From the Editor

How successful are we at treating Canadians with depression? How could Canada’s health care system serve these patients better?

This is the ‘all Canadian’ issue of the Reading of the Week.

Readings don’t necessarily follow a theme – but we do this week. The two papers are written by Canadian authors; they tackle Canadian topics; they were published in a Canadian journal, The Canadian Journal of Psychiatry.

The first paper considers depression in Canada, looking at prevalence and treatment over a decade. The second paper champions more effective care for Canadians. Both are readable and relevant.


Depression Trends: Some Good News

“Major Depression in Canada: What Has Changed over the Past 10 Years?”

Scott B. Patten et al., The Canadian Journal of Psychiatry

February 2016

Major depression has been identified as a global public health priority and was ranked by the Global Burden of Disease Project as the second leading cause of disability adjusted life years in Canada. While efforts have been made to compare different countries in terms of the prevalence and correlates of major depressive episode (MDE), it has not generally been possible to make comparisons over time within countries due to modifications made to diagnostic interviews. Comparisons over time are important for discerning whether progress against this condition is being made. Improved access to treatment and more effective treatment can theoretically decrease the prevalence and impact of this condition. It is important to know whether such progress is occurring.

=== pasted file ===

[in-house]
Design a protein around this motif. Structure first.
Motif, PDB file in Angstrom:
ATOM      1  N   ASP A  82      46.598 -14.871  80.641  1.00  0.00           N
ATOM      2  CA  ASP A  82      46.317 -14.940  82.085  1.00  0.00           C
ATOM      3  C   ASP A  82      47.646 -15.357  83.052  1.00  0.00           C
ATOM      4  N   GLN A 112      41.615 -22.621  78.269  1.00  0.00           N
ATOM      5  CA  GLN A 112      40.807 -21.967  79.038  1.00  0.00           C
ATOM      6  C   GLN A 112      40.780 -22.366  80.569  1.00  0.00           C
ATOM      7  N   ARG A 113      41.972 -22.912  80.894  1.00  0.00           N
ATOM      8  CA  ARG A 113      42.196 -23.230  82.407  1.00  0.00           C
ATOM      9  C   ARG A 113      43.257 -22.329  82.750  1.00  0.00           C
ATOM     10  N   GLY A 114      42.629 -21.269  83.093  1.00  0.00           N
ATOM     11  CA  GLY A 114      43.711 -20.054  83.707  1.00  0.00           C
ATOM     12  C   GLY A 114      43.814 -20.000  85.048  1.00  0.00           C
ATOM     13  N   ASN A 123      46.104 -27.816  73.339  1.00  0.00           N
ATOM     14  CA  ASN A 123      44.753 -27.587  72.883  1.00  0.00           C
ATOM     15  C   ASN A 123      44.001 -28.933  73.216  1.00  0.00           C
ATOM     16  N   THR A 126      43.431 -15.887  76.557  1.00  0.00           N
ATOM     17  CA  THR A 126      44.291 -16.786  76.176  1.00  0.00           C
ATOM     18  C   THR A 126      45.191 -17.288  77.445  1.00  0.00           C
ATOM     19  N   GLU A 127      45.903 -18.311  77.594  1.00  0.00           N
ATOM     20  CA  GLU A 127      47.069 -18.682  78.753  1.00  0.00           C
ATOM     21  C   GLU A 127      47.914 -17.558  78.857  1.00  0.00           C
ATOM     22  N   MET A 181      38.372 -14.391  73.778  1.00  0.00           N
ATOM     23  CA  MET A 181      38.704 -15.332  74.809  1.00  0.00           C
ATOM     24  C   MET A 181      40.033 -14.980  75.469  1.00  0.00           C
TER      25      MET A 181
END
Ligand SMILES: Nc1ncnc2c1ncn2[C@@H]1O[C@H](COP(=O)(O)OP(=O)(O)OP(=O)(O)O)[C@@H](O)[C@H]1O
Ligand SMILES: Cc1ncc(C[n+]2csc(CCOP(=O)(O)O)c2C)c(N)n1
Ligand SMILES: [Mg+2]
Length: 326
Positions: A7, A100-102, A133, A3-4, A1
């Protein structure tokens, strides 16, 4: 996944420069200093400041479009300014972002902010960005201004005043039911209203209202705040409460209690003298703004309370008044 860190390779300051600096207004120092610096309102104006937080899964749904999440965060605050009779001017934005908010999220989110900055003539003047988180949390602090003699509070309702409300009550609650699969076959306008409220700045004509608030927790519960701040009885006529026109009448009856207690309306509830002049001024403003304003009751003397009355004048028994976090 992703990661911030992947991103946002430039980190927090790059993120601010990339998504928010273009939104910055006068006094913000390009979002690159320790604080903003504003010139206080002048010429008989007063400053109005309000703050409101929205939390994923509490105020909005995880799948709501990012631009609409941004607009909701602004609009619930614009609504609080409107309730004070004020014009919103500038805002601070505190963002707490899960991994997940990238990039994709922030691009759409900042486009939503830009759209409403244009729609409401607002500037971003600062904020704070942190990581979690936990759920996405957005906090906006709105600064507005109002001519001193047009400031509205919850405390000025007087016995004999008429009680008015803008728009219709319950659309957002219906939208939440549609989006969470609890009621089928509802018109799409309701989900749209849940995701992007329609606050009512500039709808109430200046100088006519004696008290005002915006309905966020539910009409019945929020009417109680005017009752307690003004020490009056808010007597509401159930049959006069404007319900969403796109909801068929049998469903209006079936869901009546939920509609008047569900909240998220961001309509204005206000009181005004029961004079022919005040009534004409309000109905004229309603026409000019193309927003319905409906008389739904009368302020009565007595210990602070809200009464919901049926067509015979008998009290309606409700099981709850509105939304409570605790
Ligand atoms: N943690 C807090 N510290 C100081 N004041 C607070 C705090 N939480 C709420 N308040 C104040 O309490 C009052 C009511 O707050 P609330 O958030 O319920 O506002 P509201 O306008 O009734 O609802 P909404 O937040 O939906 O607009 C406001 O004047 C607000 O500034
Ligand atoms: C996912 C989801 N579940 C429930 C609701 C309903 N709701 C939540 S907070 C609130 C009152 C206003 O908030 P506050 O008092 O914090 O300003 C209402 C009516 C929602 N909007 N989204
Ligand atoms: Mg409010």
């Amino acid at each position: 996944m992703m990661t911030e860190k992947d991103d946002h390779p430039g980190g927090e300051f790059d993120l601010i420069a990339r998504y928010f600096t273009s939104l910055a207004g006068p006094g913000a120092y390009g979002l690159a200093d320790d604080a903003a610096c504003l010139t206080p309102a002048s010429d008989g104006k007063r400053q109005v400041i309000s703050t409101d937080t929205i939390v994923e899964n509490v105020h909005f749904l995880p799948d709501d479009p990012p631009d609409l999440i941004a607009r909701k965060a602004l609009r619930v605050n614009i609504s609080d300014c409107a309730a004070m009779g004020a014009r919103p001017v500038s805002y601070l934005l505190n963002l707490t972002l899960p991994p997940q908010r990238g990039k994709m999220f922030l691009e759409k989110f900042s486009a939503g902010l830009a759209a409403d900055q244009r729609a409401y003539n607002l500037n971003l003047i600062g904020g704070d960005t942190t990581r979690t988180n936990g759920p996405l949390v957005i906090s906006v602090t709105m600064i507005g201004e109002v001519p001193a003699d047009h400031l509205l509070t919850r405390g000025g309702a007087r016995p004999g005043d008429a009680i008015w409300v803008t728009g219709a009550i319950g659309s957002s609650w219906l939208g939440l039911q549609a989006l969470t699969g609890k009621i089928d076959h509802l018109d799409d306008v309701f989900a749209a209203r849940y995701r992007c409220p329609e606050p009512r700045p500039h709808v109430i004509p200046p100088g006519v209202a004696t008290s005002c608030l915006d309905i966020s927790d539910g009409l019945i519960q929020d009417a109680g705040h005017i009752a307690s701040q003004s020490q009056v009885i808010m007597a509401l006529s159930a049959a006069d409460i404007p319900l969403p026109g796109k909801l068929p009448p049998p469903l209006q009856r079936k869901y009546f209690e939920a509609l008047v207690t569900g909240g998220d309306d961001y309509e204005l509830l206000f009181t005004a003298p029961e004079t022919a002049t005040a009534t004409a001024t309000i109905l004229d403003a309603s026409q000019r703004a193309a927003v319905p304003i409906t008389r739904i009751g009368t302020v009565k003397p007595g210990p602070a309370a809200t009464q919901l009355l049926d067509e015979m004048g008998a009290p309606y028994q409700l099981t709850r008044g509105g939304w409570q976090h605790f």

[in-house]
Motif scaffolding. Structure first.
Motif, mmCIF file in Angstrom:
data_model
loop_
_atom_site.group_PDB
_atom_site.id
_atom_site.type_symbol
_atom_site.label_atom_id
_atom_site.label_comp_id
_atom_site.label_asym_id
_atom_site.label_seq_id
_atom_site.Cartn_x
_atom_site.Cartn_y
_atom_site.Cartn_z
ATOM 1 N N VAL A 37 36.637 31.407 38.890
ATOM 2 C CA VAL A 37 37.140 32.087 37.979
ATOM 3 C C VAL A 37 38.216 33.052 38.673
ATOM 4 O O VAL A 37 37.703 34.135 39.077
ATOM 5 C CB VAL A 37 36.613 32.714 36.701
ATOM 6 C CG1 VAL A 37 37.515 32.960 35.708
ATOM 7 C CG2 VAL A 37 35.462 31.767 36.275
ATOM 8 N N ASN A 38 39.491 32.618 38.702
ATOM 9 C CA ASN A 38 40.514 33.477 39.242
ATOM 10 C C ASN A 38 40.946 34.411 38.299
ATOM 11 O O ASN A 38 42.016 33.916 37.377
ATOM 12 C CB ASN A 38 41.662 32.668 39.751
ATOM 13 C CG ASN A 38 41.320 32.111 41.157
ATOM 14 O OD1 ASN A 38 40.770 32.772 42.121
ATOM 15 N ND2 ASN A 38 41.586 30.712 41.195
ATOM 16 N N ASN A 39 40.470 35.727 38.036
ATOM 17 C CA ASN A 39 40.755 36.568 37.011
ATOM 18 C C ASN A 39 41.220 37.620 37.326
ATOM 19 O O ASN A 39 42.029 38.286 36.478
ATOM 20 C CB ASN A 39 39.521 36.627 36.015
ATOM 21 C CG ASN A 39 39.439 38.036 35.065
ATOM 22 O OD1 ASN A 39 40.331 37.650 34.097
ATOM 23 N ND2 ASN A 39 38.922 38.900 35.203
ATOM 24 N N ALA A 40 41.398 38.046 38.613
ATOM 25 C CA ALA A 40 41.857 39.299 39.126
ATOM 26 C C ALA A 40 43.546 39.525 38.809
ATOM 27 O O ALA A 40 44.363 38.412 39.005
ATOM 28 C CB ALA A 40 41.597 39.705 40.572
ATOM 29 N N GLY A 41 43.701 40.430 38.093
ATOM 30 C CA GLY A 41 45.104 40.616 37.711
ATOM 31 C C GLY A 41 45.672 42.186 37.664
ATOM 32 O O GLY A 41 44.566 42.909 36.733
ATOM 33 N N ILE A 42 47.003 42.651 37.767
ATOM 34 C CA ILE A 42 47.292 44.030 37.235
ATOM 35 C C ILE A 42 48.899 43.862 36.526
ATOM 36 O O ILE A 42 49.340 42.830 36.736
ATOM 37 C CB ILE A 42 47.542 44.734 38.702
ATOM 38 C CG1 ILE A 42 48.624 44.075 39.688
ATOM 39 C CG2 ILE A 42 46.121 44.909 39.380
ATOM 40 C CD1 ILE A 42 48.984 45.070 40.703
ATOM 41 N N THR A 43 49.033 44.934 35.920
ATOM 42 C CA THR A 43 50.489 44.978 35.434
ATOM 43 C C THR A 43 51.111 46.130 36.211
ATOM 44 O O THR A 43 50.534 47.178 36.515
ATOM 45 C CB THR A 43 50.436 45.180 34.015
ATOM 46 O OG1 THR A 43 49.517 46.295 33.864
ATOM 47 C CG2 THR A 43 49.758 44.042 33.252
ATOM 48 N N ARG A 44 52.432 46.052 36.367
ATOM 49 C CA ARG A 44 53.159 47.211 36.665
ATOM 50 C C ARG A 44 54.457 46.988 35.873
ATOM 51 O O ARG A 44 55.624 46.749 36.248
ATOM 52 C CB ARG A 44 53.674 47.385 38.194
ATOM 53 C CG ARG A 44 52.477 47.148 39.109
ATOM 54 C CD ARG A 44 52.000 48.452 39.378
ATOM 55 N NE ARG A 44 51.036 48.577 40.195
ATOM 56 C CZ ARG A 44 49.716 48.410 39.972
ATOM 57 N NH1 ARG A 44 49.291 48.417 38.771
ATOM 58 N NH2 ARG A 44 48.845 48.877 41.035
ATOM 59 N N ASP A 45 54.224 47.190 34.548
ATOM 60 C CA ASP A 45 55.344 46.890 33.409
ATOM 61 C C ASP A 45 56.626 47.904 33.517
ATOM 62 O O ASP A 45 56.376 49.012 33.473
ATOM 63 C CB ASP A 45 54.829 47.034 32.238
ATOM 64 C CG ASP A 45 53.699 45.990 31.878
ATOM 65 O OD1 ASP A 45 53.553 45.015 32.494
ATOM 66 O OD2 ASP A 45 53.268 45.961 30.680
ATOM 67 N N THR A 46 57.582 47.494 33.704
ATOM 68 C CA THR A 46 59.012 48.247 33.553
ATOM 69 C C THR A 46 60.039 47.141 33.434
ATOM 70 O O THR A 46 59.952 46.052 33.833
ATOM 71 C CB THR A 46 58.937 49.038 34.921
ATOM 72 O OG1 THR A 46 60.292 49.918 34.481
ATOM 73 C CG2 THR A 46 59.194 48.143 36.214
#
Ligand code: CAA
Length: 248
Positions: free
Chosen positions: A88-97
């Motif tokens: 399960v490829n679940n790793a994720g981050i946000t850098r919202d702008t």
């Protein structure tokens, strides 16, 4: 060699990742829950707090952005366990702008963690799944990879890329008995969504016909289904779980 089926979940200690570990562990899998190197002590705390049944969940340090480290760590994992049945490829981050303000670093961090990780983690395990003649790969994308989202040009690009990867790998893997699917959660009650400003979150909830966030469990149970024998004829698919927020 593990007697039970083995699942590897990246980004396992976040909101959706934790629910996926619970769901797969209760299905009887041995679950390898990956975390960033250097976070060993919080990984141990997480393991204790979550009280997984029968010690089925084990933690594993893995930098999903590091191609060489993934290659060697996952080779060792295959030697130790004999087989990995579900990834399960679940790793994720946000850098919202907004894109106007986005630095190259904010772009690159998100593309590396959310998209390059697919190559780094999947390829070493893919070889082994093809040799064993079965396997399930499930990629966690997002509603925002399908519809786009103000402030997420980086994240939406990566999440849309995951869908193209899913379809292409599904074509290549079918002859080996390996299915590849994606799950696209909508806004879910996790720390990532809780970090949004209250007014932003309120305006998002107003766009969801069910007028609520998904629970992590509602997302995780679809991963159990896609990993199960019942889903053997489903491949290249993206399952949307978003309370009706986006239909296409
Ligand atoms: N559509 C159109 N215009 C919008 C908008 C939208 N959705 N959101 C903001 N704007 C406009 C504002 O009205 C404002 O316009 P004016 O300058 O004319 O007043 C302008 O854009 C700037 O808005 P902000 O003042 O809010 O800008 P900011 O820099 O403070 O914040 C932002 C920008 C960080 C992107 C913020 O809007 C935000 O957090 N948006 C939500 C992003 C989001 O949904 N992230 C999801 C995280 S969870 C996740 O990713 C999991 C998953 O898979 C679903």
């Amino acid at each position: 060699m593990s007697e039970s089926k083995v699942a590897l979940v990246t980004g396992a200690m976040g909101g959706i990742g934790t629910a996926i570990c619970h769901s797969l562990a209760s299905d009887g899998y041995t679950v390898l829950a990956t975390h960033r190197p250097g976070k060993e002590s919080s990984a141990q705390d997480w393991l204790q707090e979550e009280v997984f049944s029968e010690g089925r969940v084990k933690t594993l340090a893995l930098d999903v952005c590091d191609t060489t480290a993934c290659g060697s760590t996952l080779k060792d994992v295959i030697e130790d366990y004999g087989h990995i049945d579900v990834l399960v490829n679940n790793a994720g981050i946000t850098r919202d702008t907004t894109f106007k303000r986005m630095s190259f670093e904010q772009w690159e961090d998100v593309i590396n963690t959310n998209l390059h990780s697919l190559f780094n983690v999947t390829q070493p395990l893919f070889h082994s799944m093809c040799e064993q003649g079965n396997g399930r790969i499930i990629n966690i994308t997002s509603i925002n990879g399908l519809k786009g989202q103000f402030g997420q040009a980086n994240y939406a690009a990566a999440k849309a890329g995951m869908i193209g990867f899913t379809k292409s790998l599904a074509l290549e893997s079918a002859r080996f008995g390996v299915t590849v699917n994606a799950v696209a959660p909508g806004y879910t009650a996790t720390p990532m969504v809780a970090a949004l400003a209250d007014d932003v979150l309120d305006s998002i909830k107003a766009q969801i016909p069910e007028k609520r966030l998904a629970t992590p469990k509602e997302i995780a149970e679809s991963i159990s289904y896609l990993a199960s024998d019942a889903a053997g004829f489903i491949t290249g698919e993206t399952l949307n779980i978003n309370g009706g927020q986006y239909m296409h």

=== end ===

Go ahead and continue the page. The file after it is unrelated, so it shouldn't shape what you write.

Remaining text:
Dr. Scott Patten

So opens a paper written by Scott B. Patten et al. from The Canadian Journal of Psychiatry. (Dr. Patten, you will note, is not just a frequent author for this journal, but its editor.) Drawing on two surveys, Patten and his co-authors look at depression – diagnosis, treatment, and impact over a decade. What makes this paper so interesting is that the authors attempt to answer a basic question: are we doing better with this devastating illness?